In my opinion, if NCsoft really wants Aion to be a fierce competitor in the North American MMO industry, they need to figure out a way to make Aion a little bit more accessible while still appealing to the more hardcore PvPers and dedicated gamers. Expanding and broadening the spectrum of activities that players can participate in regarding endgame content will also go very far.The Superhero MMOs in order of estimated appearance: Champions Online and DC Universe Online
While I don't believe that there is a huge demographic of superhero MMO gamers out there, perhaps there is something that Cryptic Studios and Sony Online Entertainment know that I don't. Either way, players who were bored with the 'monopoly' that City of Heroes had on the superhero MMO market can now breathe sighs of relief as we will end up seeing two more of these super-powered monstrosities charging their way into the industry. While I'm certain that they will all boast unique features and fun gameplay, what worries me most is my personal belief that there just isn't enough superhero pie to go around. Will the next five years also see the shutting down of a superhero MMO or two?
What they need to do to succeed: Personally speaking, the biggest problem I have with superhero MMOs is the fact that you start with a lot of things that most MMOs use to 'tempt' players. For example, players can create a wickedly awesome costume in Champions Online, and because players start with their wickedly awesome costume, this sort of negates the main reason why I look forward to new armour in the first place. A friend of mine also whined about the lure of games like City of Heroes, and he opined that the game's real appeal was simply in creating fantastical characters. To me, whichever superhero MMO that can somehow grow to become more than just making a superhero and getting bigger explosive powers will probably be the one that lasts in this competitive market. They need to figure out how to attract MMO gamers beyond your average comic book fan!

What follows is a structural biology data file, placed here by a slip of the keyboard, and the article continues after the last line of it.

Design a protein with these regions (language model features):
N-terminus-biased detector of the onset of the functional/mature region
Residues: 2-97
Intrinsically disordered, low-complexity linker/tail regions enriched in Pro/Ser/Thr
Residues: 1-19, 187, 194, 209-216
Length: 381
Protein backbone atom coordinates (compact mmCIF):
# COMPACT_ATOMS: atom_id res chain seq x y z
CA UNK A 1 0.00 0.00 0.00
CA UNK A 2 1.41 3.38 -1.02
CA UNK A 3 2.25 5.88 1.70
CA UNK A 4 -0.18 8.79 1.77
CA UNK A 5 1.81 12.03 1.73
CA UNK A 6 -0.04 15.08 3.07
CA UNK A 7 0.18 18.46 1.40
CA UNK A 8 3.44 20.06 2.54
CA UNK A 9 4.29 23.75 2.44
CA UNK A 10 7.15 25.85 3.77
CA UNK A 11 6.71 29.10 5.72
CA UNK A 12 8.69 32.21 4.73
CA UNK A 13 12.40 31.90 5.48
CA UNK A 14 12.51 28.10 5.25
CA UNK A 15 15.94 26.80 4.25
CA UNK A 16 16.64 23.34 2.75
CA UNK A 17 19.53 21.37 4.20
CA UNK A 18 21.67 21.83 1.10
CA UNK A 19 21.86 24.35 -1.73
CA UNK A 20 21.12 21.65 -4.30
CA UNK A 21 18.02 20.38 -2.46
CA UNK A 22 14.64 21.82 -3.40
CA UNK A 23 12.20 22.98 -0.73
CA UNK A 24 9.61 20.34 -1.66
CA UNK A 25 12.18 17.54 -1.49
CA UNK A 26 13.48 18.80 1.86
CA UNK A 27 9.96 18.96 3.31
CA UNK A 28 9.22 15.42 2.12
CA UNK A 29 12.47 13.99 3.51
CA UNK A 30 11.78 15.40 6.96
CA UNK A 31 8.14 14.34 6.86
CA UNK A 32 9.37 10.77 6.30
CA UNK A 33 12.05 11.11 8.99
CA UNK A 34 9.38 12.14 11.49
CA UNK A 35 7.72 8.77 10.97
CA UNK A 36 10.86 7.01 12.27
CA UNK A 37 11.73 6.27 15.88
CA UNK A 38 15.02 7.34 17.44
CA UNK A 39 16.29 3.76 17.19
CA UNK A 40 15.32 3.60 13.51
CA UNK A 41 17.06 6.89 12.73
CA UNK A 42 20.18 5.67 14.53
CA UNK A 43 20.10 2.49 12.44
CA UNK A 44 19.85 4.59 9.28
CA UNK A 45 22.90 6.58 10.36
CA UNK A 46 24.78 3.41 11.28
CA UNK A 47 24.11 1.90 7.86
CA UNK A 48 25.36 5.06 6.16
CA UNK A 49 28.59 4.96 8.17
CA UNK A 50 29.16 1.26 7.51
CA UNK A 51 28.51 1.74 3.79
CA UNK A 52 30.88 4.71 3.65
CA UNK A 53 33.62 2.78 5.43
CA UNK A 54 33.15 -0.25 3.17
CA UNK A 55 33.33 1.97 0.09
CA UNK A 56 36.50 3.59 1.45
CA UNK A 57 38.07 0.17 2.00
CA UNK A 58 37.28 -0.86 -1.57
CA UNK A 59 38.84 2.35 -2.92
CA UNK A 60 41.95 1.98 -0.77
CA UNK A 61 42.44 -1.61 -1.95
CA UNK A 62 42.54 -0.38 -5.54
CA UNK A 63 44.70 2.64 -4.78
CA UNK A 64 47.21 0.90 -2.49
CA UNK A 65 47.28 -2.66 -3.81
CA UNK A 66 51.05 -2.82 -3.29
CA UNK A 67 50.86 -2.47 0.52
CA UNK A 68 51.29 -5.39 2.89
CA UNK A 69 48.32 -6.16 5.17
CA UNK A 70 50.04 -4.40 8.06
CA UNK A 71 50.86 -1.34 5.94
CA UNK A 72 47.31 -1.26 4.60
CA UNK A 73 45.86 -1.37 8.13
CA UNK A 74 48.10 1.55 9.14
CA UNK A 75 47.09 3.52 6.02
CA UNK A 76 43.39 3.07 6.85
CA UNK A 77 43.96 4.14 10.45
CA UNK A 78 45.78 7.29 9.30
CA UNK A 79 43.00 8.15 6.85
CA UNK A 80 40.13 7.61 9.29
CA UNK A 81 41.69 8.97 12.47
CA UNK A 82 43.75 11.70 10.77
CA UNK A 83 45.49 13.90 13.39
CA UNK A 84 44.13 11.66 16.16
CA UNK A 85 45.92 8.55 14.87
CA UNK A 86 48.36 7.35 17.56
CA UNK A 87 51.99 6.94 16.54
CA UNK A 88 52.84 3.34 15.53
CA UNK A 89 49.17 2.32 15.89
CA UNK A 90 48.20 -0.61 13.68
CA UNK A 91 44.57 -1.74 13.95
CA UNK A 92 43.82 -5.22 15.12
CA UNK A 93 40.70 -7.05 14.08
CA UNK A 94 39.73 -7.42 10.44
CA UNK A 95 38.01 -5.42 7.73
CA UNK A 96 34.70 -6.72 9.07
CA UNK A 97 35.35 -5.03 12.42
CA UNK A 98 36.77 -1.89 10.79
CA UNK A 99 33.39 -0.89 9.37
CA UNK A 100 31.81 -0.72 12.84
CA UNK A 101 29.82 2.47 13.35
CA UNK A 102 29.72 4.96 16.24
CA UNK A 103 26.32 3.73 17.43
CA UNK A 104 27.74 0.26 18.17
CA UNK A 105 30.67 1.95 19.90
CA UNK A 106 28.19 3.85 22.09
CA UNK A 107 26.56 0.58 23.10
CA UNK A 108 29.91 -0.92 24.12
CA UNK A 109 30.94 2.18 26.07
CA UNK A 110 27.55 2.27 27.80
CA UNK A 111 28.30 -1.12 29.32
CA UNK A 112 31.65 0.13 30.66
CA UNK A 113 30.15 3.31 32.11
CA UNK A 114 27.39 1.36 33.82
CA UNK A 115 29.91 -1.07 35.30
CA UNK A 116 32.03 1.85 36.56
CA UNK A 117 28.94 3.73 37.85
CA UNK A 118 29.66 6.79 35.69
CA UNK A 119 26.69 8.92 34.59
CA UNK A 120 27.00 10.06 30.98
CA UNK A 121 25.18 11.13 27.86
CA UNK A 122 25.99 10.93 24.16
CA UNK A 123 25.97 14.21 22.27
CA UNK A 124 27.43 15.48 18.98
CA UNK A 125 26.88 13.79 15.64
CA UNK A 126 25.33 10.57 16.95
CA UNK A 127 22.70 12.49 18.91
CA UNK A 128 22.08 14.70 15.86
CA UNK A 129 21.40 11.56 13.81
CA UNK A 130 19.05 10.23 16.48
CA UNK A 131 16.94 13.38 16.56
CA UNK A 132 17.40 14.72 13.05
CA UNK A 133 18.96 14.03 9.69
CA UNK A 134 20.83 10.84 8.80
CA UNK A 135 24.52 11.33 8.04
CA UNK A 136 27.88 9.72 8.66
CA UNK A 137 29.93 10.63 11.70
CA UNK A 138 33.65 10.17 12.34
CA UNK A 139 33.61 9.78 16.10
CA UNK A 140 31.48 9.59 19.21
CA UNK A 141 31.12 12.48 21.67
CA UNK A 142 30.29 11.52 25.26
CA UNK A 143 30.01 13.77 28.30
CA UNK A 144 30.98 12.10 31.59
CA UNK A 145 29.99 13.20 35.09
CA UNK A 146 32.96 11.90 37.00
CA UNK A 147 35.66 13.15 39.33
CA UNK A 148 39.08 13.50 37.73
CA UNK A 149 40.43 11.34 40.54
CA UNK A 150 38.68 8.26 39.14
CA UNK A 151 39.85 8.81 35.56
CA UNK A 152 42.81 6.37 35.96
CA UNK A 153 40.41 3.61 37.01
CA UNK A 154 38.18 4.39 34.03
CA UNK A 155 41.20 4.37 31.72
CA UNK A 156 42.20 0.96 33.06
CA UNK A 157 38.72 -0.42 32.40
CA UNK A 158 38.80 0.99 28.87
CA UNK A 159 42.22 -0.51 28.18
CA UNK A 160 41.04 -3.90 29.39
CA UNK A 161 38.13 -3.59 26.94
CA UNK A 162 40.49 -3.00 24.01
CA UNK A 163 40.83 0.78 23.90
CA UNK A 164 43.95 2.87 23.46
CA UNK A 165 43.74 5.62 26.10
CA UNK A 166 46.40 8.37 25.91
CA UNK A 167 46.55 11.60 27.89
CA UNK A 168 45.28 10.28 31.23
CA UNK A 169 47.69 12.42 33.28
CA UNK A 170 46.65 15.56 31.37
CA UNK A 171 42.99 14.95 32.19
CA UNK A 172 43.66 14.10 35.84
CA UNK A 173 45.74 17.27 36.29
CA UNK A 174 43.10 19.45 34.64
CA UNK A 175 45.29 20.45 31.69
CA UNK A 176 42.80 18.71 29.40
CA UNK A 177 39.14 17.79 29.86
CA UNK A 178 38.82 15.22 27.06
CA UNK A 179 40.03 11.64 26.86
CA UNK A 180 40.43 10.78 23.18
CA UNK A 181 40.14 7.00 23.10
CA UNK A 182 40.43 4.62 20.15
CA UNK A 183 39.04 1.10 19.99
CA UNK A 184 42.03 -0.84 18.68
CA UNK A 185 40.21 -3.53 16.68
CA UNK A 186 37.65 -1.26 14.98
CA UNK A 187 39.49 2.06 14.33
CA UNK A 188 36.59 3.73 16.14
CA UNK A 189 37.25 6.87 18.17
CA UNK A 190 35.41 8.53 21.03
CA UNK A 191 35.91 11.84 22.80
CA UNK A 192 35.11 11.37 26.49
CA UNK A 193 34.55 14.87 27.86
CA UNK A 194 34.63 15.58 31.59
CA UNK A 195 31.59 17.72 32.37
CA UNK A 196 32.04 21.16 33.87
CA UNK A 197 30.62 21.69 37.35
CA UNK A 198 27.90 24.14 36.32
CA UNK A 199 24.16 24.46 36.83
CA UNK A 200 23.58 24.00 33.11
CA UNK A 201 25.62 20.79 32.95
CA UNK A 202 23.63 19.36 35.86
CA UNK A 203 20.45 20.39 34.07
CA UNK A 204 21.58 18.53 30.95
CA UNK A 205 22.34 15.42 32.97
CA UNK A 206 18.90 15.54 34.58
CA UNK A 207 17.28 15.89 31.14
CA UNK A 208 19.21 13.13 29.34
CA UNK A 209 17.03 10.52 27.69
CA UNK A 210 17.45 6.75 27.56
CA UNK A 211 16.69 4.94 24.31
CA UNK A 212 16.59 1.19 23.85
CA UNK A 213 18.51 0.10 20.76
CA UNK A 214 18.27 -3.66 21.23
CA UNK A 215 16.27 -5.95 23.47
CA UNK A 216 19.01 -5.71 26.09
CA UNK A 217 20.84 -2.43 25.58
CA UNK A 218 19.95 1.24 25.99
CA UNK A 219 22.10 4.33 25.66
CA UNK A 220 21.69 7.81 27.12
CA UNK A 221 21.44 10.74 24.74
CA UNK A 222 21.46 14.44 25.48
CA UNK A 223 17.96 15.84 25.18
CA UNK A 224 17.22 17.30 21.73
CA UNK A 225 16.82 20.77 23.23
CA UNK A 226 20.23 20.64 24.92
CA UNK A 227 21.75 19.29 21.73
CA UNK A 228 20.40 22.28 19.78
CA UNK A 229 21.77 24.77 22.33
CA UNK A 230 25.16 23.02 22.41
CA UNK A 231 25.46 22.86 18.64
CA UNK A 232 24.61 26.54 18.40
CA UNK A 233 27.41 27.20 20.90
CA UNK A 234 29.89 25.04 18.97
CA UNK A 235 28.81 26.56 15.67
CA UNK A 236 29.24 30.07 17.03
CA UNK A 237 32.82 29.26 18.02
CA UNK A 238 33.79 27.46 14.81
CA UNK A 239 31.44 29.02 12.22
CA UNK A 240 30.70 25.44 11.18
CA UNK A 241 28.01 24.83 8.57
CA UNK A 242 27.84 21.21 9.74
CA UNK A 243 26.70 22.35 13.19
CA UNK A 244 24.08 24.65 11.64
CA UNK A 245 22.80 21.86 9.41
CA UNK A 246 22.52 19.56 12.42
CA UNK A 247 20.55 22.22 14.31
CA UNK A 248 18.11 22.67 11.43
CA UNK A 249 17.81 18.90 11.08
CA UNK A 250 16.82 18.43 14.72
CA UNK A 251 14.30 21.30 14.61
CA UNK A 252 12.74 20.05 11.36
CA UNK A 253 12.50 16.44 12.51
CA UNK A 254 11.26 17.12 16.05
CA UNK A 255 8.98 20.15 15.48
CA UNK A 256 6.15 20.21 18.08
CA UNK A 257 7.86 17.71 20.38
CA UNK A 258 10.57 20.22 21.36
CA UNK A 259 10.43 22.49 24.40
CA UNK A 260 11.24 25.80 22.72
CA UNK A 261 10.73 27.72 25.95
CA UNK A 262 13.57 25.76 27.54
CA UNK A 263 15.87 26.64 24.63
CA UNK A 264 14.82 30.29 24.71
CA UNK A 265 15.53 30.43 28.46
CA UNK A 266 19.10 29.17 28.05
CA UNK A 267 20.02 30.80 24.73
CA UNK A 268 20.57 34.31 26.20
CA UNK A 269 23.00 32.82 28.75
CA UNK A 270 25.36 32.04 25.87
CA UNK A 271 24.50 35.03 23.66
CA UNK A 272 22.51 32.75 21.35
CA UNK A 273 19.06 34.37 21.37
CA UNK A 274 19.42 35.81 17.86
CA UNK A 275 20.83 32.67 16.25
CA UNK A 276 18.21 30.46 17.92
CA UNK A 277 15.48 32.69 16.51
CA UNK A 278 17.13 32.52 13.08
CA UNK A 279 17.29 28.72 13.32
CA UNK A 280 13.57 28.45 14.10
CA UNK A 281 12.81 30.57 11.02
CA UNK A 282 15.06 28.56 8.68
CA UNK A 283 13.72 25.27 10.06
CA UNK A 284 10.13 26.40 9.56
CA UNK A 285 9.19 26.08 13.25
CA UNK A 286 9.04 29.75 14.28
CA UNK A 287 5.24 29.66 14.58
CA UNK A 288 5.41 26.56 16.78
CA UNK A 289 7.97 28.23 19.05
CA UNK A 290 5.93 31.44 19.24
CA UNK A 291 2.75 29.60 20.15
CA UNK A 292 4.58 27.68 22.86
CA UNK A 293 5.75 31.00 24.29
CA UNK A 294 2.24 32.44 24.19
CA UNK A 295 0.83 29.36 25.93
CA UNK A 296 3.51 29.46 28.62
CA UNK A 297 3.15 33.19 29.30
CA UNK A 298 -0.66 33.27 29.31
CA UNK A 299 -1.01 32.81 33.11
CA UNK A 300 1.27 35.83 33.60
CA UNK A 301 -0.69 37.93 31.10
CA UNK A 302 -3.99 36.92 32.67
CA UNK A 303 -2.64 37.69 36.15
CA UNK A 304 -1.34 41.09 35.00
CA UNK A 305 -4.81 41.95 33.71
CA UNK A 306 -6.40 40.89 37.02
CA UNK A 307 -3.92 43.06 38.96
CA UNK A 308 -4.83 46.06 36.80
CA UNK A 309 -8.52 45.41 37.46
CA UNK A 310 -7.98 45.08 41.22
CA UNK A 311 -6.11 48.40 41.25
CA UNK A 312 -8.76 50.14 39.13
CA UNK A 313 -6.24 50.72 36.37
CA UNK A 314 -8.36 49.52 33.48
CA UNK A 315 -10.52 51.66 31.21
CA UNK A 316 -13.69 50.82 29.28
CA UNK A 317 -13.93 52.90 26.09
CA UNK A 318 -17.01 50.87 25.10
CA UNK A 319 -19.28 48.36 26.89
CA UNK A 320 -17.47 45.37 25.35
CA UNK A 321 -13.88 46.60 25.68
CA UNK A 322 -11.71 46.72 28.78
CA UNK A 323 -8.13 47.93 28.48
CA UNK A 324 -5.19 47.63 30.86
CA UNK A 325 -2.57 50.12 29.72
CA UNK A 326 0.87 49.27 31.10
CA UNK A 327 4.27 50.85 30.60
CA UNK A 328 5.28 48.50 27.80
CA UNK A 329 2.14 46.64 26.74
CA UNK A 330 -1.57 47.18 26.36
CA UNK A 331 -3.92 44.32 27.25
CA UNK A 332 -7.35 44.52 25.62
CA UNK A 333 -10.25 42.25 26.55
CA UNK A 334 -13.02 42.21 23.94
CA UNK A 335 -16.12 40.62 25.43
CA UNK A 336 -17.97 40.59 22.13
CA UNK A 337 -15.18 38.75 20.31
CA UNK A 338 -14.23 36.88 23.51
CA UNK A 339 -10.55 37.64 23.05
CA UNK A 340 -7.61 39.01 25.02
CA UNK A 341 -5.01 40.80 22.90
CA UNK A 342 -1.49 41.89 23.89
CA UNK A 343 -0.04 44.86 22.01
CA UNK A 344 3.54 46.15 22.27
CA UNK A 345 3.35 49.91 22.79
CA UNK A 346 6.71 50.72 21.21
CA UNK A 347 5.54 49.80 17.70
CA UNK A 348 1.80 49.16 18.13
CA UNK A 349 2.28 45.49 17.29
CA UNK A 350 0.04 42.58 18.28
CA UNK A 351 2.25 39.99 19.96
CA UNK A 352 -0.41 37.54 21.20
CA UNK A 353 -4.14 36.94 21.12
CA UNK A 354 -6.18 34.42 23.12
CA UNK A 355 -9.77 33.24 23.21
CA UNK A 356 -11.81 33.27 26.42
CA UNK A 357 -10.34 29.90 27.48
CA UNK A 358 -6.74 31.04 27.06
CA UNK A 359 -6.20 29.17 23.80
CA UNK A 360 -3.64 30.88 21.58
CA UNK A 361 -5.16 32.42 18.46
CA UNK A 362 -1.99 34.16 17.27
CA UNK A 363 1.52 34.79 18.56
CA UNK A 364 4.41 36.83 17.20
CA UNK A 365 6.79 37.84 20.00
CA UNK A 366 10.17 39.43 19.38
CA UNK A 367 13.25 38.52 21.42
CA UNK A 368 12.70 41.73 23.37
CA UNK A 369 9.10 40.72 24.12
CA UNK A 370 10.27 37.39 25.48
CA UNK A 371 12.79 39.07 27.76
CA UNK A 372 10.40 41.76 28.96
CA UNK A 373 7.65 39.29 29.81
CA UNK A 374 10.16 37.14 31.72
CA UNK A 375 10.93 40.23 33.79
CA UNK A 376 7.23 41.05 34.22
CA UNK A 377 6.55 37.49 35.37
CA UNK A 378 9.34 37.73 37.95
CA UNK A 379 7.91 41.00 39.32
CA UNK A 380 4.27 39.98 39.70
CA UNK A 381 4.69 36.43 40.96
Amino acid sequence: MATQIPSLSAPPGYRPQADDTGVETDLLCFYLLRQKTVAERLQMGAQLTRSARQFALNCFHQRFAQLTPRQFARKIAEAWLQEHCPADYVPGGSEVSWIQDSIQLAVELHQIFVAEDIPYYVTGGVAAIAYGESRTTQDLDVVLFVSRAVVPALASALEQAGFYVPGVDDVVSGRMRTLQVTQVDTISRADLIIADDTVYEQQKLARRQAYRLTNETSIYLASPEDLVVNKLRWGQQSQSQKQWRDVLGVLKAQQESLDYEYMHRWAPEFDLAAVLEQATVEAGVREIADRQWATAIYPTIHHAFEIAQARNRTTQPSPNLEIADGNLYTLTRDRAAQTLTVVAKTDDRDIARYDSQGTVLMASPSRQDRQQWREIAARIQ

This just about wraps up Part I of what I intend to be a three part series. Remember, I can't cover everything I want in every upcoming MMO genre, so if you have something that you really expect from our upcoming 'next-gen' MMORPGs, be sure to leave a comment and lead a discussion!
Christopher "Pwyff" Tom